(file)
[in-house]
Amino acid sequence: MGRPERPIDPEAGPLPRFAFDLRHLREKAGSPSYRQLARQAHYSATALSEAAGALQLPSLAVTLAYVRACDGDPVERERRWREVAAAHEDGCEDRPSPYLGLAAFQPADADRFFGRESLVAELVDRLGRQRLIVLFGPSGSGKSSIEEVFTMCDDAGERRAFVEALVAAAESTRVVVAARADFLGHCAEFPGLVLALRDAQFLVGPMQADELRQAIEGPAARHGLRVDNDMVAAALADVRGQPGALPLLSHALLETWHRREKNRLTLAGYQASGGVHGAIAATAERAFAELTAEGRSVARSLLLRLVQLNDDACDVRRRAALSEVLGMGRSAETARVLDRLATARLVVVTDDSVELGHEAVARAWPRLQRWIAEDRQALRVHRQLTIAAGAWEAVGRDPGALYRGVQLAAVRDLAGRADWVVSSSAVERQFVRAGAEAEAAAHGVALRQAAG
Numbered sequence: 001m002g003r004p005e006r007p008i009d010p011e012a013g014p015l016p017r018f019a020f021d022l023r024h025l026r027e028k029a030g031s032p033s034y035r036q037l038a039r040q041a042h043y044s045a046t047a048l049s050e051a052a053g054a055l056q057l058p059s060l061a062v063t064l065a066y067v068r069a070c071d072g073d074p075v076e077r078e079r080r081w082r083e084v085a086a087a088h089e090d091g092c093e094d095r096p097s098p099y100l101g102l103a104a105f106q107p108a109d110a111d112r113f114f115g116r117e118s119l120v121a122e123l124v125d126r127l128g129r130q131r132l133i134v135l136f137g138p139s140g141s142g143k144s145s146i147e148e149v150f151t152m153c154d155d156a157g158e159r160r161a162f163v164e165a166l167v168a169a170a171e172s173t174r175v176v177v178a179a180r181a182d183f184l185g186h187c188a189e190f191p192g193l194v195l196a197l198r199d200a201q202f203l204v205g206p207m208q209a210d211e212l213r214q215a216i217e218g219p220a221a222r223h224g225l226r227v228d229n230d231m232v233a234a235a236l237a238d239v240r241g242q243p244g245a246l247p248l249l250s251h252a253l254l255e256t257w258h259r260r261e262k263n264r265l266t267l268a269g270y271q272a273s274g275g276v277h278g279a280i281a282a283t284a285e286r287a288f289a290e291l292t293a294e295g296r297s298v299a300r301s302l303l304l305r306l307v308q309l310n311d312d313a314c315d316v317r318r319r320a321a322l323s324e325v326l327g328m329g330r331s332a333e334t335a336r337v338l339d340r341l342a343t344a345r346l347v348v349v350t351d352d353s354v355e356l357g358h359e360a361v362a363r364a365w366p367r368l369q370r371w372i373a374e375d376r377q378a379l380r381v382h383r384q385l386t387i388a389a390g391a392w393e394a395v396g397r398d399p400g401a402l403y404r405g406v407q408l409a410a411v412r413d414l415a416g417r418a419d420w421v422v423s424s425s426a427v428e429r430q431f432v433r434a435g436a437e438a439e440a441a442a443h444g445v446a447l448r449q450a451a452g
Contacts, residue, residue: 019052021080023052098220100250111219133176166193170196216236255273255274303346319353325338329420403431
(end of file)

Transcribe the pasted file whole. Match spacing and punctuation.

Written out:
[in-house]
Amino acid sequence: MGRPERPIDPEAGPLPRFAFDLRHLREKAGSPSYRQLARQAHYSATALSEAAGALQLPSLAVTLAYVRACDGDPVERERRWREVAAAHEDGCEDRPSPYLGLAAFQPADADRFFGRESLVAELVDRLGRQRLIVLFGPSGSGKSSIEEVFTMCDDAGERRAFVEALVAAAESTRVVVAARADFLGHCAEFPGLVLALRDAQFLVGPMQADELRQAIEGPAARHGLRVDNDMVAAALADVRGQPGALPLLSHALLETWHRREKNRLTLAGYQASGGVHGAIAATAERAFAELTAEGRSVARSLLLRLVQLNDDACDVRRRAALSEVLGMGRSAETARVLDRLATARLVVVTDDSVELGHEAVARAWPRLQRWIAEDRQALRVHRQLTIAAGAWEAVGRDPGALYRGVQLAAVRDLAGRADWVVSSSAVERQFVRAGAEAEAAAHGVALRQAAG
Numbered sequence: 001m002g003r004p005e006r007p008i009d010p011e012a013g014p015l016p017r018f019a020f021d022l023r024h025l026r027e028k029a030g031s032p033s034y035r036q037l038a039r040q041a042h043y044s045a046t047a048l049s050e051a052a053g054a055l056q057l058p059s060l061a062v063t064l065a066y067v068r069a070c071d072g073d074p075v076e077r078e079r080r081w082r083e084v085a086a087a088h089e090d091g092c093e094d095r096p097s098p099y100l101g102l103a104a105f106q107p108a109d110a111d112r113f114f115g116r117e118s119l120v121a122e123l124v125d126r127l128g129r130q131r132l133i134v135l136f137g138p139s140g141s142g143k144s145s146i147e148e149v150f151t152m153c154d155d156a157g158e159r160r161a162f163v164e165a166l167v168a169a170a171e172s173t174r175v176v177v178a179a180r181a182d183f184l185g186h187c188a189e190f191p192g193l194v195l196a197l198r199d200a201q202f203l204v205g206p207m208q209a210d211e212l213r214q215a216i217e218g219p220a221a222r223h224g225l226r227v228d229n230d231m232v233a234a235a236l237a238d239v240r241g242q243p244g245a246l247p248l249l250s251h252a253l254l255e256t257w258h259r260r261e262k263n264r265l266t267l268a269g270y271q272a273s274g275g276v277h278g279a280i281a282a283t284a285e286r287a288f289a290e291l292t293a294e295g296r297s298v299a300r301s302l303l304l305r306l307v308q309l310n311d312d313a314c315d316v317r318r319r320a321a322l323s324e325v326l327g328m329g330r331s332a333e334t335a336r337v338l339d340r341l342a343t344a345r346l347v348v349v350t351d352d353s354v355e356l357g358h359e360a361v362a363r364a365w366p367r368l369q370r371w372i373a374e375d376r377q378a379l380r381v382h383r384q385l386t387i388a389a390g391a392w393e394a395v396g397r398d399p400g401a402l403y404r405g406v407q408l409a410a411v412r413d414l415a416g417r418a419d420w421v422v423s424s425s426a427v428e429r430q431f432v433r434a435g436a437e438a439e440a441a442a443h444g445v446a447l448r449q450a451a452g
Contacts, residue, residue: 019052021080023052098220100250111219133176166193170196216236255273255274303346319353325338329420403431